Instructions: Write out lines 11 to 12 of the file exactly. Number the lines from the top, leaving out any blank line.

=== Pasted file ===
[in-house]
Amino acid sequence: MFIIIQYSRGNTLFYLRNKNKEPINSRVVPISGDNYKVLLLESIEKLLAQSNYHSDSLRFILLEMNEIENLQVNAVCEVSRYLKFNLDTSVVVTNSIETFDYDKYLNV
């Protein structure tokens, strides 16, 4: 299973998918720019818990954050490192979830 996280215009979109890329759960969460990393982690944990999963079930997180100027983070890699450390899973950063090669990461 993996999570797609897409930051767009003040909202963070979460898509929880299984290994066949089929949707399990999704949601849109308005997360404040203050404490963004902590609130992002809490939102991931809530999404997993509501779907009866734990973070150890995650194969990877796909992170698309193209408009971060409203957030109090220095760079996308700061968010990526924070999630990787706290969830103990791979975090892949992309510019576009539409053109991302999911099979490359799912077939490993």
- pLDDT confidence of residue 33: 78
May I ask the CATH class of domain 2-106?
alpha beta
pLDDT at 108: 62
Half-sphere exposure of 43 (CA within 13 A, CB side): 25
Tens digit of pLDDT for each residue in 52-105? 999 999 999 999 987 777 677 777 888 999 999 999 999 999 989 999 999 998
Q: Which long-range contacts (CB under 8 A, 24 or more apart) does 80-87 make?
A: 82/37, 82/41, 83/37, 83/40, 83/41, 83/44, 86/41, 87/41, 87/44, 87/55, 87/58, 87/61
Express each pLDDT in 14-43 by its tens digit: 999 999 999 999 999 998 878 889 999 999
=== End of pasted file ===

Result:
A: 82/37, 82/41, 83/37, 83/40, 83/41, 83/44, 86/41, 87/41, 87/44, 87/55, 87/58, 87/61
Express each pLDDT in 14-43 by its tens digit: 999 999 999 999 999 998 878 889 999 999